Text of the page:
Accessibility links

Breaking News

Conservative Watchdog Rejects Bill To Combat Money Laundering

Iran's Guardian Council in session. File photo

Iran’s Guardian Council (GC) has rejected a bill passed by parliament on combating money laundering as part of the standards set by the international Financial Action Task Force (FATF), GC’s spokesman said on Friday.

In a tweet on Friday night, Abbas Ali Kadkhodaei declared that the Guardian Council has recognized four paragraphs of the bill as inconsistent with the country’s constitution and Shari’a laws, and as such, has returned the bill to the Parliament for making the required changes.

The GC is constitutionally tasked to review legislation passed by parliament and give its seal of approval.

The law approved by parliament is part of four bills, jointly known as Palermo bills in Iran, proposed by the world’s financial watchdog aimed at removing Iran from FATF’s ‘grey list’ and facilitating the country’s economic transactions with the world, state-run news agency.

Only one of the bills aimed at banning terrorism financing has been passed and approved.

Iran has less than two months to adopt the financial reforms proposed by the Financial Action Task Force as part of efforts to improve Iran’s ability to interact with the international banking and trade system.

So far, the country has approved the amendment bill on combatting the financing of terrorism (CFT), while the fate of the three other bills, including the amendment bill on combating money laundering, the United Nations Convention against Transnational Organized Crime (Palermo), and the International Convention for the Suppression of the Financing of Terrorism, is still undecided.

While FATF does not have the authority to impose sanctions, a country blacklisted by the world’s financial watchdog will face severe pressure in its financial dealings with other countries.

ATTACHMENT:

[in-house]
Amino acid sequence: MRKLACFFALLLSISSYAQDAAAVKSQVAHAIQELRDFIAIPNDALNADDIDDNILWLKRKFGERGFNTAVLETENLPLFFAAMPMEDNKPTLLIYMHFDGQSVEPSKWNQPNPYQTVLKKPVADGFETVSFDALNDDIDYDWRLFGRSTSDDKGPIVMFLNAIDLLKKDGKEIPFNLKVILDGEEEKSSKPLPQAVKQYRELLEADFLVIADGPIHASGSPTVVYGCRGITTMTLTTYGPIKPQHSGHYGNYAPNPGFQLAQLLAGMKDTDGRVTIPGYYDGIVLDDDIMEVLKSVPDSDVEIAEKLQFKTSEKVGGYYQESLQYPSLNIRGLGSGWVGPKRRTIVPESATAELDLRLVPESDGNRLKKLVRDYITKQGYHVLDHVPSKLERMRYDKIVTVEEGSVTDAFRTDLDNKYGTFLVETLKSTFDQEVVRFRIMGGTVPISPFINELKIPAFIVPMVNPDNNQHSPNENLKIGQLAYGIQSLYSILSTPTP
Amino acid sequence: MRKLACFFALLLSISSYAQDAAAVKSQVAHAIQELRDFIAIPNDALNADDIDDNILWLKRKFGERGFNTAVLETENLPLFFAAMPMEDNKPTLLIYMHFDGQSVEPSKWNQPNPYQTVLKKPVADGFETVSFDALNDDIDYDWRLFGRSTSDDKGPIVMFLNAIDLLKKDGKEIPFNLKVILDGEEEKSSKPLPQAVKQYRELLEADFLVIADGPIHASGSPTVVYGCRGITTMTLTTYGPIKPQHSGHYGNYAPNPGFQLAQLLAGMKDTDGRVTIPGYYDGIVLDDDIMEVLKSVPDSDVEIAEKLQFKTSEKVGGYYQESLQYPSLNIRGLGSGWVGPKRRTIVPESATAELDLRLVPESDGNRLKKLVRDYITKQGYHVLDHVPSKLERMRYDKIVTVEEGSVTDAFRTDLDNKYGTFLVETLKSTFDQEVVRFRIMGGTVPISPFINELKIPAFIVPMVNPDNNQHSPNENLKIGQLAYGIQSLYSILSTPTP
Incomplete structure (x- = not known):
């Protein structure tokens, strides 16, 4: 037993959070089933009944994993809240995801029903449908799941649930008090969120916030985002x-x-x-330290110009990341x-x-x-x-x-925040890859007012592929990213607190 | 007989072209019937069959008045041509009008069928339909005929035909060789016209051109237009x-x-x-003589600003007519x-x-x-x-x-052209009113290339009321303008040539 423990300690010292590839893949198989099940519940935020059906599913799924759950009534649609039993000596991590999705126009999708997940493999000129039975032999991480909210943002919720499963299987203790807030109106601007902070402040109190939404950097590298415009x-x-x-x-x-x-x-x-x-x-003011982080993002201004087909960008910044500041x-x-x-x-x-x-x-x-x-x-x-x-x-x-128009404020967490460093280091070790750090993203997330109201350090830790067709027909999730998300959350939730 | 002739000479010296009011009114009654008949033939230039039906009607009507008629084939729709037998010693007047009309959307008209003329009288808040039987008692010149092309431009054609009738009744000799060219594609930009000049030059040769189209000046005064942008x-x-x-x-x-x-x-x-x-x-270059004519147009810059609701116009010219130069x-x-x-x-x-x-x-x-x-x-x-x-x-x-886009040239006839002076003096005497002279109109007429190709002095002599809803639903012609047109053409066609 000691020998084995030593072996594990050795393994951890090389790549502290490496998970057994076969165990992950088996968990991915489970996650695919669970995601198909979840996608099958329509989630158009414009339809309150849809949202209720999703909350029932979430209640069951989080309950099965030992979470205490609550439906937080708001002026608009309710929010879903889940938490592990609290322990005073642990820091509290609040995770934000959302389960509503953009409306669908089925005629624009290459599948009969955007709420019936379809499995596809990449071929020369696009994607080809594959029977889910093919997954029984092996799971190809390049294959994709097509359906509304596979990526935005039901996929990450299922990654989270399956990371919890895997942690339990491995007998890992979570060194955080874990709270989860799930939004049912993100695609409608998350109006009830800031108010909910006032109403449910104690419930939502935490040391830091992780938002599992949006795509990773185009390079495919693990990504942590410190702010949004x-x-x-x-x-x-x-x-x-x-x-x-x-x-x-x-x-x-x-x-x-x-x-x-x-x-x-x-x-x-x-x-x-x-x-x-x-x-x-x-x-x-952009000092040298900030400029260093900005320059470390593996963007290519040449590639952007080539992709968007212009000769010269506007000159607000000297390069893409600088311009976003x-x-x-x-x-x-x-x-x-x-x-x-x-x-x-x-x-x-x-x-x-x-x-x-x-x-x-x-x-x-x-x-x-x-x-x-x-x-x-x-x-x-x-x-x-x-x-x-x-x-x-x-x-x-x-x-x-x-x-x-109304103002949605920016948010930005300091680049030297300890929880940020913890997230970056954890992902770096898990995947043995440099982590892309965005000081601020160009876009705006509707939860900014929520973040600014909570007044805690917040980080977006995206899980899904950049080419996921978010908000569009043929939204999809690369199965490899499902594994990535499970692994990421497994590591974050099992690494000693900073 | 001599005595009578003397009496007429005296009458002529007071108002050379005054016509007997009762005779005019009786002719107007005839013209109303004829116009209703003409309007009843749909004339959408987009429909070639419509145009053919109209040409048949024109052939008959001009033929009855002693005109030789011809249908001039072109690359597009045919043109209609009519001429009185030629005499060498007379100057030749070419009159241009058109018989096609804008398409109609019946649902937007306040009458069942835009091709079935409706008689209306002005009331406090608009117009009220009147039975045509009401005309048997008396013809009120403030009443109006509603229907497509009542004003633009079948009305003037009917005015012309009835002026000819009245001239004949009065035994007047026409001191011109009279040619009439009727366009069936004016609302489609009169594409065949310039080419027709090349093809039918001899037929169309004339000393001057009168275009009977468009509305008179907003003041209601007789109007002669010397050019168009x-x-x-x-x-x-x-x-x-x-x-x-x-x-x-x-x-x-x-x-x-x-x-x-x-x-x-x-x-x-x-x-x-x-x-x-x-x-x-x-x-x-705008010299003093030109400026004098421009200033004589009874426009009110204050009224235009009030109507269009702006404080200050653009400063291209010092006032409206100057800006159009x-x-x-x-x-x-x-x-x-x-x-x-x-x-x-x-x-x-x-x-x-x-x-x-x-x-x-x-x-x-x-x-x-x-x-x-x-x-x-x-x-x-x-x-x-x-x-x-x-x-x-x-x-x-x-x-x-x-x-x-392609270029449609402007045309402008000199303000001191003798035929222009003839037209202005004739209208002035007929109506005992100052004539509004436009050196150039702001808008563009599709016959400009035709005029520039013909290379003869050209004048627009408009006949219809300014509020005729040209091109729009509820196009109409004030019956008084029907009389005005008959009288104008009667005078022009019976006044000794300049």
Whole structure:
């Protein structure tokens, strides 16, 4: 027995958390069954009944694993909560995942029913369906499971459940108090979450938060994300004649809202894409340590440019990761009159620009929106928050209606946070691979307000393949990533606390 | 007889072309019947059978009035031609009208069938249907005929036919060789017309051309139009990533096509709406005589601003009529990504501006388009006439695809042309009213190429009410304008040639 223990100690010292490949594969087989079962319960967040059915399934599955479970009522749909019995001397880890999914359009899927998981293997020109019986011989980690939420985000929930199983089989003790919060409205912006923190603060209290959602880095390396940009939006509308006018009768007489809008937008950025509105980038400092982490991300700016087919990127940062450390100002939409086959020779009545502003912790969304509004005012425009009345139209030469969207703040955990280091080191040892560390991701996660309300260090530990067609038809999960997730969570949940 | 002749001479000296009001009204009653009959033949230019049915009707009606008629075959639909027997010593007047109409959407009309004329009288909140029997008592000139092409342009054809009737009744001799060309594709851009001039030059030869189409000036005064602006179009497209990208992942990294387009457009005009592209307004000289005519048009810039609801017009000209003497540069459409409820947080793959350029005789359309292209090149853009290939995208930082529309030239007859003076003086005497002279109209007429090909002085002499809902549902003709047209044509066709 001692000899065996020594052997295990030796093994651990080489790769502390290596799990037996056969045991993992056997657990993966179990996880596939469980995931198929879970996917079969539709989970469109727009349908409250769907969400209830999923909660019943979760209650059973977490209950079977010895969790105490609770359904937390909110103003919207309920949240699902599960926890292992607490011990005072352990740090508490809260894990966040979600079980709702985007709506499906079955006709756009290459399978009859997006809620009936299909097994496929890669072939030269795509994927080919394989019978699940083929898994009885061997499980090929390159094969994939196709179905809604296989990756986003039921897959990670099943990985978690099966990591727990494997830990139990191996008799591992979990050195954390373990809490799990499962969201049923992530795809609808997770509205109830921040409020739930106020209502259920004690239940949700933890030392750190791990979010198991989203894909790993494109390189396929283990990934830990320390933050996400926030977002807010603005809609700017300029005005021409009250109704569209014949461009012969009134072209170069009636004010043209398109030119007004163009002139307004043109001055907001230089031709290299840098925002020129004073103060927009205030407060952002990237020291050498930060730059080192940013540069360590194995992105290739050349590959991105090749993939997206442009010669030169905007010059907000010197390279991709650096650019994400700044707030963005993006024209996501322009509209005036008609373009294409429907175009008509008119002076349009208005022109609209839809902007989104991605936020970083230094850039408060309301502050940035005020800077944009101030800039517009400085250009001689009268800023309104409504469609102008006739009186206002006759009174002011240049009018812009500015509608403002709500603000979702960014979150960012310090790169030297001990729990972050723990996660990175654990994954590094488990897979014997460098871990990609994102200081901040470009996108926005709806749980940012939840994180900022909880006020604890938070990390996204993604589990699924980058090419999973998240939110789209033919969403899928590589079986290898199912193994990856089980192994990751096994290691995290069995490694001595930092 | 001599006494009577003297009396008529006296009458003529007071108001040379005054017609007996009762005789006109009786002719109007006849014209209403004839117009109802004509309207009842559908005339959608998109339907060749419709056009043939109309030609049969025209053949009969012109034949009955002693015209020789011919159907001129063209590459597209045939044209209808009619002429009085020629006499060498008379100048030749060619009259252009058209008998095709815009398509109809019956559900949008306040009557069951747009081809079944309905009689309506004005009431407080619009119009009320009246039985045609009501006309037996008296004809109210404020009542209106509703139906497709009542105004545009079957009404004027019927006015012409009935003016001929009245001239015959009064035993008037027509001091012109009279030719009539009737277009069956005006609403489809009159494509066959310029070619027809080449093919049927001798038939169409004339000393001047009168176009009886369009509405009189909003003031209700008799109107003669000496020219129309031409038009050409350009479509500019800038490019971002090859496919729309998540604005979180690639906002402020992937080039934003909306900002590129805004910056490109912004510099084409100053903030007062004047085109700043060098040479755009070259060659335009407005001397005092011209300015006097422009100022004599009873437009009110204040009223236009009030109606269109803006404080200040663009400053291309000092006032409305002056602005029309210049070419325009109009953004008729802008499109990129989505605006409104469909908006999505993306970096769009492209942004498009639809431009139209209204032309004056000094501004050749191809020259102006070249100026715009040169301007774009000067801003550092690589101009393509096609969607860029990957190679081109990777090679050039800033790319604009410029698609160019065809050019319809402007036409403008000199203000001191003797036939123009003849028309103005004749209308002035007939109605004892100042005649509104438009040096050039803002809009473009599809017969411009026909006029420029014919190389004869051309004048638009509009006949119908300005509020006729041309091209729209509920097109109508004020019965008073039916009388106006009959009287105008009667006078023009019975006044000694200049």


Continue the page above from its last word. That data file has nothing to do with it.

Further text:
Although the bills are not directly connected to Joint Comprehensive Plan of Action (JCPOA) or Tehran nuclear deal with world powers, Iran’s deputy Foreign Minister, Abbas Araqchi believes that rejecting them could have a negative impact on Iran’s negotiations with European countries to keep JCPOA alive after US withdrew from it.

President Hassan Rouhani’s administration proposed four Palermo Bills on November 8, hoping to reduce international pressures on Iran’s deteriorating economy.

Nevertheless, in an orchestrated response, Supreme Leader Ayatollah Ali Khamenei and his close allies in the GC and influential Expediency Discernment Council (EDC) have repeatedly barraged the bills with bitter criticism.

Ten days after parliament initially approved the bill concerning UNTOC, Khamenei personally stepped in on June 20 and called the bill “unacceptable.”

According to Khamenei, UNTOC had been “cooked up” by foreign powers and the parliament should shelve it.

“It is not necessary to join conventions the depths of which we are unaware of,” he said, proposing instead that the parliament create its own laws to combat money laundering and terrorism funding rather than join an international convention.

Furthermore, state-run news agency IRNA cited GC spokesman Abbas Ali Kadkhodaei as saying on July 14, “Iran’s membership in UNTOC is against both the security policies of the country and the resistance economy.”

Conservative allies of Ayatollah Khamenei believe that approval of the Palermo bills might jeopardize the Islamic Republic’s financial assistance to what they describe as the “resistance front”, including Hamas and Lebanese Hezbollah.